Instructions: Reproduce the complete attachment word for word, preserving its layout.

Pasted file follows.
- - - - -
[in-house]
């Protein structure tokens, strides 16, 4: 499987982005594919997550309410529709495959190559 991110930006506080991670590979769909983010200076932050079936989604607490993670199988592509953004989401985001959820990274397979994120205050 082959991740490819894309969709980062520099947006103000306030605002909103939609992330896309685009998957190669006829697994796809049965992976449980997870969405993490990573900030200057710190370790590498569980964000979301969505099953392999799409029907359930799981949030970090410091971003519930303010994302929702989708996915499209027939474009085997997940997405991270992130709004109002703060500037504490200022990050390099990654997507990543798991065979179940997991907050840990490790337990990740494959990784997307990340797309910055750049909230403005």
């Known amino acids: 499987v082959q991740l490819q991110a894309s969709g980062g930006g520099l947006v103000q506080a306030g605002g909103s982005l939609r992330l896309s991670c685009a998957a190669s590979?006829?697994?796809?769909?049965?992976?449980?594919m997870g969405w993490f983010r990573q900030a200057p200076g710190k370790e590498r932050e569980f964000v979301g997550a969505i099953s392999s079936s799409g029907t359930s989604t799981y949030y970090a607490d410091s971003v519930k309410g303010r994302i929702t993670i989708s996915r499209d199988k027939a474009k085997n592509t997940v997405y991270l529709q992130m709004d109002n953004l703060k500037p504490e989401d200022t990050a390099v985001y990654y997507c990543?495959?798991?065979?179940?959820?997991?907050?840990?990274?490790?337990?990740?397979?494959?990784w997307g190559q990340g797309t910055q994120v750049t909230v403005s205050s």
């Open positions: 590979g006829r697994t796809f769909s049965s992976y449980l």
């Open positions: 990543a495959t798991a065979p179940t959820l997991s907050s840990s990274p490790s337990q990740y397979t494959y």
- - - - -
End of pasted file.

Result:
[in-house]
């Protein structure tokens, strides 16, 4: 499987982005594919997550309410529709495959190559 991110930006506080991670590979769909983010200076932050079936989604607490993670199988592509953004989401985001959820990274397979994120205050 082959991740490819894309969709980062520099947006103000306030605002909103939609992330896309685009998957190669006829697994796809049965992976449980997870969405993490990573900030200057710190370790590498569980964000979301969505099953392999799409029907359930799981949030970090410091971003519930303010994302929702989708996915499209027939474009085997997940997405991270992130709004109002703060500037504490200022990050390099990654997507990543798991065979179940997991907050840990490790337990990740494959990784997307990340797309910055750049909230403005």
């Known amino acids: 499987v082959q991740l490819q991110a894309s969709g980062g930006g520099l947006v103000q506080a306030g605002g909103s982005l939609r992330l896309s991670c685009a998957a190669s590979?006829?697994?796809?769909?049965?992976?449980?594919m997870g969405w993490f983010r990573q900030a200057p200076g710190k370790e590498r932050e569980f964000v979301g997550a969505i099953s392999s079936s799409g029907t359930s989604t799981y949030y970090a607490d410091s971003v519930k309410g303010r994302i929702t993670i989708s996915r499209d199988k027939a474009k085997n592509t997940v997405y991270l529709q992130m709004d109002n953004l703060k500037p504490e989401d200022t990050a390099v985001y990654y997507c990543?495959?798991?065979?179940?959820?997991?907050?840990?990274?490790?337990?990740?397979?494959?990784w997307g190559q990340g797309t910055q994120v750049t909230v403005s205050s």
């Open positions: 590979g006829r697994t796809f769909s049965s992976y449980l």
């Open positions: 990543a495959t798991a065979p179940t959820l997991s907050s840990s990274p490790s337990q990740y397979t494959y």